Assen is the only circuit that remains since the inception of the GP championship back in 1949. 50 years ago, road circuits were much different that what we see today. In those days, a road course was really a course on a road. There are many...
Assen is the only circuit that remains since the inception of the GP championship back in 1949. 50 years ago, road circuits were much different that what we see today. In those days, a road course was really a course on a road. There are many things that make Assen special. The circuit was built specifically for motorcycles, which explains why it is smooth and has lots of grip (lots of wet grip, which is very important). The Dutch TT is run on Saturday instead of Sunday. This follows a long tradition which was imposed in order to not conflict with Sunday's religious duties. It's the only round in the calendar to keep the old TT (tourists trophy) reference used in the early days.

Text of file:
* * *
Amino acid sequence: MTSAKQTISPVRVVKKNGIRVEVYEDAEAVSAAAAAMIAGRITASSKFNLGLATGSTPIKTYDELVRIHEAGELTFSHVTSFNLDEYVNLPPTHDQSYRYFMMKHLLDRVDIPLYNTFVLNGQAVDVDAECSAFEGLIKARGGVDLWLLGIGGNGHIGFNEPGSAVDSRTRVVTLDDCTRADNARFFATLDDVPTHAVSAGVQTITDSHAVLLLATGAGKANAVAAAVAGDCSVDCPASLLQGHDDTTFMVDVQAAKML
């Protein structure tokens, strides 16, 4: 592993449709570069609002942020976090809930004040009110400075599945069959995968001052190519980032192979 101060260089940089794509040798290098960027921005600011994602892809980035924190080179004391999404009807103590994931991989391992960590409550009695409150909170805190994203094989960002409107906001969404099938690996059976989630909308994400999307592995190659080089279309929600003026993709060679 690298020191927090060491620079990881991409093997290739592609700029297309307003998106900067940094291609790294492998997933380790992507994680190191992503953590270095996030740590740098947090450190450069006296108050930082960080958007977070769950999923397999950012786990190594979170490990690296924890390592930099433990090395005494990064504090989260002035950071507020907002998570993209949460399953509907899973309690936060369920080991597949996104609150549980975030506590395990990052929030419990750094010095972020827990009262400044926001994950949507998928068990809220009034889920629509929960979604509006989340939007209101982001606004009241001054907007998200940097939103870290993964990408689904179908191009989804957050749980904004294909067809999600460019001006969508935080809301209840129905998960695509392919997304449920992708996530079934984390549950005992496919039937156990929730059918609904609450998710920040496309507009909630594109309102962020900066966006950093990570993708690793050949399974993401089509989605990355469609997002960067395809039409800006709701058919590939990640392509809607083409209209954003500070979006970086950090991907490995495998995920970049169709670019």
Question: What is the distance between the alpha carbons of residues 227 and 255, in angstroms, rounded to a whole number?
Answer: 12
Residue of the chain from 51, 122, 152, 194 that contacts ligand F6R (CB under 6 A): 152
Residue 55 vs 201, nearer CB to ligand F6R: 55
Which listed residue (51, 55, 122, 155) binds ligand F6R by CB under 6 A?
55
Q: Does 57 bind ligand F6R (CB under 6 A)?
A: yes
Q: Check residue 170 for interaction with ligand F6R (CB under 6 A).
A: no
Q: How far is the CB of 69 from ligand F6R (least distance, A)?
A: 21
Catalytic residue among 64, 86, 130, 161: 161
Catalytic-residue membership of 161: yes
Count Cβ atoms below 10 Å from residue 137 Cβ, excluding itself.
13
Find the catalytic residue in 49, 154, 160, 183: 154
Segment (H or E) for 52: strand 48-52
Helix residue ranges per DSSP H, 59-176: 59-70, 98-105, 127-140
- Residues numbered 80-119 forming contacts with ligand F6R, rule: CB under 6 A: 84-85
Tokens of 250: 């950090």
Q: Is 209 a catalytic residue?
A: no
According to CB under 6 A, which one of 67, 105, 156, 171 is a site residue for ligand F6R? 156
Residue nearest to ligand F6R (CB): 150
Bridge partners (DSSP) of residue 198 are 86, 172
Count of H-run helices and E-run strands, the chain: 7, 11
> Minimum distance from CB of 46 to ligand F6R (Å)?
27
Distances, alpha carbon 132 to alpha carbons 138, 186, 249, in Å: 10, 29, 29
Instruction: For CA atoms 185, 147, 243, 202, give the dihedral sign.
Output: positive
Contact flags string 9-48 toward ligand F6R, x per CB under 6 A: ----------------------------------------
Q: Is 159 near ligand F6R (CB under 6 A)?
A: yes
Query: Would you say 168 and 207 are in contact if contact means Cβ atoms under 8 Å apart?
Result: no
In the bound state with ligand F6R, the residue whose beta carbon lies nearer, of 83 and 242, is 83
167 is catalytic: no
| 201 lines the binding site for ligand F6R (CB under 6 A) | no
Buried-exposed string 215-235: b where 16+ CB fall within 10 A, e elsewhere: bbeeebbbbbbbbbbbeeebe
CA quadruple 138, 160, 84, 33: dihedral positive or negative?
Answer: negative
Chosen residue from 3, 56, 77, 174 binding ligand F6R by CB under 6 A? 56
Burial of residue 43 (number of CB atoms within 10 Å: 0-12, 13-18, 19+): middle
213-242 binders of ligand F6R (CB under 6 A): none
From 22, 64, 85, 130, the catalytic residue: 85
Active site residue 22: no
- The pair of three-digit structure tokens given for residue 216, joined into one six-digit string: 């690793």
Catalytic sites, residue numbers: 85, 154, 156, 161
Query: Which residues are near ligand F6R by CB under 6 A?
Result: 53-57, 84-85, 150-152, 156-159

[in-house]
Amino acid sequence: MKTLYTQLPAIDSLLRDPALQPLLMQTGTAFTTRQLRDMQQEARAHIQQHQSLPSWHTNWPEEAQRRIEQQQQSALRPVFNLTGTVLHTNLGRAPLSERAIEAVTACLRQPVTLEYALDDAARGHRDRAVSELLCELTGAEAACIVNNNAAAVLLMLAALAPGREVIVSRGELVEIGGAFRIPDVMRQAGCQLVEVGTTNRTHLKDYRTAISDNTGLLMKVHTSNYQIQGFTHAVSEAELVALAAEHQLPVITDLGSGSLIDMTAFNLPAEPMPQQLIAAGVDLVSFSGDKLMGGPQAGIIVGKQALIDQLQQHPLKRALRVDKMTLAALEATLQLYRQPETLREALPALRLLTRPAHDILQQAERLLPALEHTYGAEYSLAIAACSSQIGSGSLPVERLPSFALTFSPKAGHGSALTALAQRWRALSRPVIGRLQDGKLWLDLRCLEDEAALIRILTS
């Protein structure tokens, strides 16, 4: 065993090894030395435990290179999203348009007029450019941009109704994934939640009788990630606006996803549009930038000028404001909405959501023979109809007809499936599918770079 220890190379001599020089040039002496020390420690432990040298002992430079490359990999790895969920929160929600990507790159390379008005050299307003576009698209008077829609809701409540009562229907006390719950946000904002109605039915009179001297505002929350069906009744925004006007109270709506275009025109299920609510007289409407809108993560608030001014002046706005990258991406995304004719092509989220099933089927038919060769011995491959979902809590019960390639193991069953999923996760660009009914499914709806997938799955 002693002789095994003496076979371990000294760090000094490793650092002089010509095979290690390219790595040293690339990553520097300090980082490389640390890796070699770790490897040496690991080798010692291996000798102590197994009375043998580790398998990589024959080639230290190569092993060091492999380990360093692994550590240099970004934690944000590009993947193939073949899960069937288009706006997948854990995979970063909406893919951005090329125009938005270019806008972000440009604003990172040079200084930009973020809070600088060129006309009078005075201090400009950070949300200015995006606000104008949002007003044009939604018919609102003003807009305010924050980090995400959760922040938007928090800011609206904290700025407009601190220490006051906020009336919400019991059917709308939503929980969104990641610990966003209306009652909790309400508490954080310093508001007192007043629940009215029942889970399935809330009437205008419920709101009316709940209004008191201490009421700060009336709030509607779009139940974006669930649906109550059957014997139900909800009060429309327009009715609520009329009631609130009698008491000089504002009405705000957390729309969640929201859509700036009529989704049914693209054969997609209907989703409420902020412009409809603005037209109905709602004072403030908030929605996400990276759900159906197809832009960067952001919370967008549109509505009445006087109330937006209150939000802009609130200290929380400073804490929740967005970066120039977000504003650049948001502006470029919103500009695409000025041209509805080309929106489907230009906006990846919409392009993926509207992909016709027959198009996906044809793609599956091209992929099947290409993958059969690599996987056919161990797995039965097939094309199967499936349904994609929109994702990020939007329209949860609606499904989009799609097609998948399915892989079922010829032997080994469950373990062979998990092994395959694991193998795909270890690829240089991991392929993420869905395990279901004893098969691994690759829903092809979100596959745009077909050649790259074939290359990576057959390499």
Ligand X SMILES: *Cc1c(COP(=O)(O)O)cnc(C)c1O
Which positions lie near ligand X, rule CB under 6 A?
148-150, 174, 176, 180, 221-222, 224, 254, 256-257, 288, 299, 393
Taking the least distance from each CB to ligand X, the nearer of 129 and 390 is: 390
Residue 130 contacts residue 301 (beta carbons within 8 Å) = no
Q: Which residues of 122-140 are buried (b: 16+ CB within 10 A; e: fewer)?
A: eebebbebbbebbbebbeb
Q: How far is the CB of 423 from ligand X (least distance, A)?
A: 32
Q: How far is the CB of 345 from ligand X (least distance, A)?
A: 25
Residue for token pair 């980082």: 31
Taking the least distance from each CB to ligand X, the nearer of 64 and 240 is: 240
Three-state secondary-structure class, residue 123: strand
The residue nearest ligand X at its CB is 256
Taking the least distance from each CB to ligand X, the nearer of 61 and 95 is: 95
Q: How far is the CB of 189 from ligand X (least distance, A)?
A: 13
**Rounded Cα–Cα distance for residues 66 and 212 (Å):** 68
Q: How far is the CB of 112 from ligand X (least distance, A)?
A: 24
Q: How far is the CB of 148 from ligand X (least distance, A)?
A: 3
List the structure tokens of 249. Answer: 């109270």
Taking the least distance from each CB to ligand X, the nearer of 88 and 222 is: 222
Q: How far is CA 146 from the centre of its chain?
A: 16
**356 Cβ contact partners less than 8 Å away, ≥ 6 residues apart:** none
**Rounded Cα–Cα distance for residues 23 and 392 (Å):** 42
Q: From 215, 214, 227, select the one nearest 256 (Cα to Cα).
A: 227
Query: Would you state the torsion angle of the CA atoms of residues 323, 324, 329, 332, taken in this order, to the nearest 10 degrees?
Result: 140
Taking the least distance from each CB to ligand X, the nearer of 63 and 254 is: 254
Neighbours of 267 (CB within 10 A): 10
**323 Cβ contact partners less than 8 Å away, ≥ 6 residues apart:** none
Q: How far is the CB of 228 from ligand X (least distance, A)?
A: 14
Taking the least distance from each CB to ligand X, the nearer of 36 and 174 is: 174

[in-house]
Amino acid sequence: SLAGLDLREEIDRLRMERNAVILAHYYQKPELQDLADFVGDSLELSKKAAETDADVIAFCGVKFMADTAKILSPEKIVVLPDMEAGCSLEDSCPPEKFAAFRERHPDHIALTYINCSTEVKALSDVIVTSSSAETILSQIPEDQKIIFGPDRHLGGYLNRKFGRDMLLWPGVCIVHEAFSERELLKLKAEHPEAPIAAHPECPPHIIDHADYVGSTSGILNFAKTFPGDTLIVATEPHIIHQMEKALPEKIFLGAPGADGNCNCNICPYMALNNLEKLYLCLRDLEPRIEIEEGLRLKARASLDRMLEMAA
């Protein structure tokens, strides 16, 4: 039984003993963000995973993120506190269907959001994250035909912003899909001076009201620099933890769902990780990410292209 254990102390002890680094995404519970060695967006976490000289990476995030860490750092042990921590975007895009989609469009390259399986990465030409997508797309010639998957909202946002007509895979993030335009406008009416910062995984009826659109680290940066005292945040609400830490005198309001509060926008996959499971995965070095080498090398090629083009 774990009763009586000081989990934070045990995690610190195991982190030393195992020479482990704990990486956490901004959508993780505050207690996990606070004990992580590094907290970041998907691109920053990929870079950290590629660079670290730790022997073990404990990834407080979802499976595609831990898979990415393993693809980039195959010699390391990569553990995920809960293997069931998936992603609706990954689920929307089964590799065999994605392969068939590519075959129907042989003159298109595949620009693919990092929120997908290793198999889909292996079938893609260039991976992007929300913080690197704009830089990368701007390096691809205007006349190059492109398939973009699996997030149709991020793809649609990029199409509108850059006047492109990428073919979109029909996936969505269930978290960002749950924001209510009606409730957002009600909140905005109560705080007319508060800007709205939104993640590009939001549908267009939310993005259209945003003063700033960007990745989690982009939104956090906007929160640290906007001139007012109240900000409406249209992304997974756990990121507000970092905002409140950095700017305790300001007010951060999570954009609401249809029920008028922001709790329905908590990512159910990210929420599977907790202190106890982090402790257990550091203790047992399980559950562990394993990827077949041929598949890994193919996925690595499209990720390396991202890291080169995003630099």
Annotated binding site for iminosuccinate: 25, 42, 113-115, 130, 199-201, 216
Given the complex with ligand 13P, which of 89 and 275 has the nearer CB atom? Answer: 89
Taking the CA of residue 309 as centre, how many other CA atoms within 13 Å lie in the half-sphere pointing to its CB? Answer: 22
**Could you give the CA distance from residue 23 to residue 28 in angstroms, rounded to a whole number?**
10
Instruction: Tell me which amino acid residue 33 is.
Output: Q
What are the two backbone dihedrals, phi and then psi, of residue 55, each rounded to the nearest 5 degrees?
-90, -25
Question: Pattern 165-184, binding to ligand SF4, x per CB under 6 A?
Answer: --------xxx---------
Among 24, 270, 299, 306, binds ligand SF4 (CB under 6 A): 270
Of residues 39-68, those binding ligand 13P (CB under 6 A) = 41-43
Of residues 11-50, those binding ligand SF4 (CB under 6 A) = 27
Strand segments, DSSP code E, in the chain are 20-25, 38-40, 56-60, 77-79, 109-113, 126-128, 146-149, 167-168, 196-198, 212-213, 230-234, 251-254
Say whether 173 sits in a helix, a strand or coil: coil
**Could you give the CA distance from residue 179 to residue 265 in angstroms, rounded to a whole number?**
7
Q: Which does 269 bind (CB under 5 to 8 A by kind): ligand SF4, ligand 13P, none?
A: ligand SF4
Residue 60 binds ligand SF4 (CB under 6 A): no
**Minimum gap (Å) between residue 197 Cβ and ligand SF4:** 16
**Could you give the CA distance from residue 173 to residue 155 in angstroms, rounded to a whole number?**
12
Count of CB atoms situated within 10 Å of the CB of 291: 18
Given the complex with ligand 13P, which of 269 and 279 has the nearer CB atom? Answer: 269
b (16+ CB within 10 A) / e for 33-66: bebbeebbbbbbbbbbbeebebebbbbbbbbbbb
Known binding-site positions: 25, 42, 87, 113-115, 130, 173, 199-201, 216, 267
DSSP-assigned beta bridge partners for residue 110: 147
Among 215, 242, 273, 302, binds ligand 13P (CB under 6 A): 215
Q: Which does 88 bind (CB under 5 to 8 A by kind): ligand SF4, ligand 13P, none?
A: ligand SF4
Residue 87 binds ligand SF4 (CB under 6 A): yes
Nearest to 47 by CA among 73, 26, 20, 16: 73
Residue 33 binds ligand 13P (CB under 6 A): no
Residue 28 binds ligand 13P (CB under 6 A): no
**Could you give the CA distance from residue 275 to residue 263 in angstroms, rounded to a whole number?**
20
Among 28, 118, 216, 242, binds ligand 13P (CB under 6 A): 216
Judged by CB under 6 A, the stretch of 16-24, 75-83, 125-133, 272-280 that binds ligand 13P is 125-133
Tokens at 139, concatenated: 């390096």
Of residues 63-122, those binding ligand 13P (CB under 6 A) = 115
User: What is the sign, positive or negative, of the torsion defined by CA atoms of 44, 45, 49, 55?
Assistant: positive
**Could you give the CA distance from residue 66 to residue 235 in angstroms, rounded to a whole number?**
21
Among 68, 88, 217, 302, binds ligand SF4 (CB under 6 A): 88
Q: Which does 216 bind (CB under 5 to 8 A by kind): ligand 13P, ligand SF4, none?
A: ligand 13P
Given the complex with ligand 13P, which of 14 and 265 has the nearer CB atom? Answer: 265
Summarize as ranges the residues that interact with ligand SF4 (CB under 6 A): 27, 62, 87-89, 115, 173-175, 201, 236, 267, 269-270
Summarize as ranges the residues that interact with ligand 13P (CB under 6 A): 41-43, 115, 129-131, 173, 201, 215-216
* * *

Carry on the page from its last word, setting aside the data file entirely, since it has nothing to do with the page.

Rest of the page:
As a result, it's no surprise it's referred to as "The Cathedral". Rain and Assen go together like cake and icing, and today was no surprise. Sete, the fish, Gibernau took provisional pole position with authority by gaping second place by 1.2 seconds with a time of 2:12.540.
Gibernau's performance in the wet should come as no surprise, Alex Barros and Ruben Xaus sitting on provisional front row should however. The Brazilian and the Spaniard were only separated by one tenth.
An even bigger surprise was Michel Fabrizio's performance. Riding the WCM R1 prototype, Fabrizio qualified fourth, leading the second row. Qualifying fifth was former WSBK Champion, Troy Bayliss with a time of 2:14.107. Rounding up the second row is Carlos Checa.
Third row is led by Valentino Rossi, followed by Americans, Colin Edwards and Kenny Roberts Jr.
The forecast for Friday looks much like today. However, Saturday may be dry. Since all of the testing and qualifying will be on the wet, if Saturday turns to be dry, it will test the bikes' and teams' ability to setup a bike for a dry race. Which in turn, will make Saturday's TT/GP much more exciting.